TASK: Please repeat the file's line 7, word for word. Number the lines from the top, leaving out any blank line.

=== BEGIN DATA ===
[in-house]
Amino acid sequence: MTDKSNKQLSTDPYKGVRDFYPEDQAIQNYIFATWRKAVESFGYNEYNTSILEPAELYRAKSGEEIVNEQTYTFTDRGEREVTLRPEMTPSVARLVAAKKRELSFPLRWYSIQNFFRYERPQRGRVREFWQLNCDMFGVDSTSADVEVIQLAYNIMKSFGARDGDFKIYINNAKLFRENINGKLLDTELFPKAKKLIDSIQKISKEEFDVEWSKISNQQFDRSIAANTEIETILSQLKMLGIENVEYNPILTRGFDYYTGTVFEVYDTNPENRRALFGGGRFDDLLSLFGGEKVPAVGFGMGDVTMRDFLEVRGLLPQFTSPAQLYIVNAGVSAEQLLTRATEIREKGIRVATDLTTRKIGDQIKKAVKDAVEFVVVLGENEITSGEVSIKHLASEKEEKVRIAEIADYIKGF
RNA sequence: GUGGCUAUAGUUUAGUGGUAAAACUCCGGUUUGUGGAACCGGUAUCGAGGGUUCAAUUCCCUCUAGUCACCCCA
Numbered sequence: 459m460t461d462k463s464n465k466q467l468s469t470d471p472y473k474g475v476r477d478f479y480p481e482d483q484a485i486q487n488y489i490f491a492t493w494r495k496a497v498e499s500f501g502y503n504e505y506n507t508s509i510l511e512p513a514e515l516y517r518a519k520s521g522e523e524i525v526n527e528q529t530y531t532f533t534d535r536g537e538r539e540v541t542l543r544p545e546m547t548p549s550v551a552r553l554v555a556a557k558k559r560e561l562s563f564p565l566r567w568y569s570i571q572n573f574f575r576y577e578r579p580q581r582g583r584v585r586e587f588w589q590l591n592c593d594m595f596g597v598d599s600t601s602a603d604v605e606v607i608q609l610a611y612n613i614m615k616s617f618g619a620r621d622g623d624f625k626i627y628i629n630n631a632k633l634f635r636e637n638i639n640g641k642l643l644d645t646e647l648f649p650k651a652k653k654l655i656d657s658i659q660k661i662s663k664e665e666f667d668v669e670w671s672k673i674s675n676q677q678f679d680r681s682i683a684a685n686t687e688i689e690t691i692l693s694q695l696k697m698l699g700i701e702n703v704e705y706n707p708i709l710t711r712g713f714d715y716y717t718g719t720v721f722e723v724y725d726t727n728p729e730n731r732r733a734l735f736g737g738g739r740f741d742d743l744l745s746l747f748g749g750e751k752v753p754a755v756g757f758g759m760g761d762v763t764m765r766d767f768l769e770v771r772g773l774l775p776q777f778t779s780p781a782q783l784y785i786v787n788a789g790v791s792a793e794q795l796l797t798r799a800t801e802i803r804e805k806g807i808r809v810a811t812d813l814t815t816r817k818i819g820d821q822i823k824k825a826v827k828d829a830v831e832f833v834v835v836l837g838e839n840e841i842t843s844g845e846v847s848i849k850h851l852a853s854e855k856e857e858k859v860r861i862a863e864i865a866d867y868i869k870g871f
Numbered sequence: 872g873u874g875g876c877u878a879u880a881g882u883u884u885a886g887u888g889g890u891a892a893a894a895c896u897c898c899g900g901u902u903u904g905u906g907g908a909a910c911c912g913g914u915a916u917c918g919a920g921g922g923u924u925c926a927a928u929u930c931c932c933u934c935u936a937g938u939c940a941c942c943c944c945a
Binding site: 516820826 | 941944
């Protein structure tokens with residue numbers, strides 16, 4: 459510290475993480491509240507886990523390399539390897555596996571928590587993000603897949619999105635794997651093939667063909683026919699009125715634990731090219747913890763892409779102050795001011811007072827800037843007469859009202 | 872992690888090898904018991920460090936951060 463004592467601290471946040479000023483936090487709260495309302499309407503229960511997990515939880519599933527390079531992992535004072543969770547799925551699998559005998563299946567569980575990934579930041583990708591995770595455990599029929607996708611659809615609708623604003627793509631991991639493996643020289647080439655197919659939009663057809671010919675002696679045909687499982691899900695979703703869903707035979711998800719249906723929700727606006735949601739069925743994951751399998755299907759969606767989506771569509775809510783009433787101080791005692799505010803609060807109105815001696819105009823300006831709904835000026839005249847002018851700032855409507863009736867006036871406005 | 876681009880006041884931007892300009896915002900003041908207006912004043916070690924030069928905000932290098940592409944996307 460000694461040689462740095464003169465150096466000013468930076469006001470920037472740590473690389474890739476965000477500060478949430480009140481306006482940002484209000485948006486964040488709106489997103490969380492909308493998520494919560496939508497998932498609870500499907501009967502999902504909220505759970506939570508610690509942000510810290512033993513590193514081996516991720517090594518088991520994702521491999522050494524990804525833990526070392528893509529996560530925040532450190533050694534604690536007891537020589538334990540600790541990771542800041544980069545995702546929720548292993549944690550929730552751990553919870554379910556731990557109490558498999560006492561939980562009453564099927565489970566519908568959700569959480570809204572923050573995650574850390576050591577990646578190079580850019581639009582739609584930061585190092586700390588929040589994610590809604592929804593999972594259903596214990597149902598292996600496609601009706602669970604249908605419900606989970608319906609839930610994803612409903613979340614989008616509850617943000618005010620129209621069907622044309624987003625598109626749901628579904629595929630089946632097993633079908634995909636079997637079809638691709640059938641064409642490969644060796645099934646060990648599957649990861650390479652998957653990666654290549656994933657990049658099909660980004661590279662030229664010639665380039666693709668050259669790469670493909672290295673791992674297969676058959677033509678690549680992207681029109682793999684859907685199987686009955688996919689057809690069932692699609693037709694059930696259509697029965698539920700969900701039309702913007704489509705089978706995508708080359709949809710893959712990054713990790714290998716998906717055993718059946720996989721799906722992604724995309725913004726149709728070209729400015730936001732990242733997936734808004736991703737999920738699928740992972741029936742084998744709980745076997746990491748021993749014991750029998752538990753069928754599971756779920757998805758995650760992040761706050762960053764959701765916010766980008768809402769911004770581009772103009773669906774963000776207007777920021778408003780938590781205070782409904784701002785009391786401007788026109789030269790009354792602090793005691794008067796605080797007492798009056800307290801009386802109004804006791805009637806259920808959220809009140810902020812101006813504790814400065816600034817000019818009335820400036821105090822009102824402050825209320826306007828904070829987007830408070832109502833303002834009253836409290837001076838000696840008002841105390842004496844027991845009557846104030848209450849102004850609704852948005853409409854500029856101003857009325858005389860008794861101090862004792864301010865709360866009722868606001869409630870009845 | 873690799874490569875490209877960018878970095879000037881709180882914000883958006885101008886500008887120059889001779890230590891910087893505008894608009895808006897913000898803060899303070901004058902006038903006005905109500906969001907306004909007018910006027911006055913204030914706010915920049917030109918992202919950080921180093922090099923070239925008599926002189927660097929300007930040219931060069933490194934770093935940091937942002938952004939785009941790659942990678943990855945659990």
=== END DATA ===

């Protein structure tokens with residue numbers, strides 16, 4: 459510290475993480491509240507886990523390399539390897555596996571928590587993000603897949619999105635794997651093939667063909683026919699009125715634990731090219747913890763892409779102050795001011811007072827800037843007469859009202 | 872992690888090898904018991920460090936951060 463004592467601290471946040479000023483936090487709260495309302499309407503229960511997990515939880519599933527390079531992992535004072543969770547799925551699998559005998563299946567569980575990934579930041583990708591995770595455990599029929607996708611659809615609708623604003627793509631991991639493996643020289647080439655197919659939009663057809671010919675002696679045909687499982691899900695979703703869903707035979711998800719249906723929700727606006735949601739069925743994951751399998755299907759969606767989506771569509775809510783009433787101080791005692799505010803609060807109105815001696819105009823300006831709904835000026839005249847002018851700032855409507863009736867006036871406005 | 876681009880006041884931007892300009896915002900003041908207006912004043916070690924030069928905000932290098940592409944996307 460000694461040689462740095464003169465150096466000013468930076469006001470920037472740590473690389474890739476965000477500060478949430480009140481306006482940002484209000485948006486964040488709106489997103490969380492909308493998520494919560496939508497998932498609870500499907501009967502999902504909220505759970506939570508610690509942000510810290512033993513590193514081996516991720517090594518088991520994702521491999522050494524990804525833990526070392528893509529996560530925040532450190533050694534604690536007891537020589538334990540600790541990771542800041544980069545995702546929720548292993549944690550929730552751990553919870554379910556731990557109490558498999560006492561939980562009453564099927565489970566519908568959700569959480570809204572923050573995650574850390576050591577990646578190079580850019581639009582739609584930061585190092586700390588929040589994610590809604592929804593999972594259903596214990597149902598292996600496609601009706602669970604249908605419900606989970608319906609839930610994803612409903613979340614989008616509850617943000618005010620129209621069907622044309624987003625598109626749901628579904629595929630089946632097993633079908634995909636079997637079809638691709640059938641064409642490969644060796645099934646060990648599957649990861650390479652998957653990666654290549656994933657990049658099909660980004661590279662030229664010639665380039666693709668050259669790469670493909672290295673791992674297969676058959677033509678690549680992207681029109682793999684859907685199987686009955688996919689057809690069932692699609693037709694059930696259509697029965698539920700969900701039309702913007704489509705089978706995508708080359709949809710893959712990054713990790714290998716998906717055993718059946720996989721799906722992604724995309725913004726149709728070209729400015730936001732990242733997936734808004736991703737999920738699928740992972741029936742084998744709980745076997746990491748021993749014991750029998752538990753069928754599971756779920757998805758995650760992040761706050762960053764959701765916010766980008768809402769911004770581009772103009773669906774963000776207007777920021778408003780938590781205070782409904784701002785009391786401007788026109789030269790009354792602090793005691794008067796605080797007492798009056800307290801009386802109004804006791805009637806259920808959220809009140810902020812101006813504790814400065816600034817000019818009335820400036821105090822009102824402050825209320826306007828904070829987007830408070832109502833303002834009253836409290837001076838000696840008002841105390842004496844027991845009557846104030848209450849102004850609704852948005853409409854500029856101003857009325858005389860008794861101090862004792864301010865709360866009722868606001869409630870009845 | 873690799874490569875490209877960018878970095879000037881709180882914000883958006885101008886500008887120059889001779890230590891910087893505008894608009895808006897913000898803060899303070901004058902006038903006005905109500906969001907306004909007018910006027911006055913204030914706010915920049917030109918992202919950080921180093922090099923070239925008599926002189927660097929300007930040219931060069933490194934770093935940091937942002938952004939785009941790659942990678943990855945659990």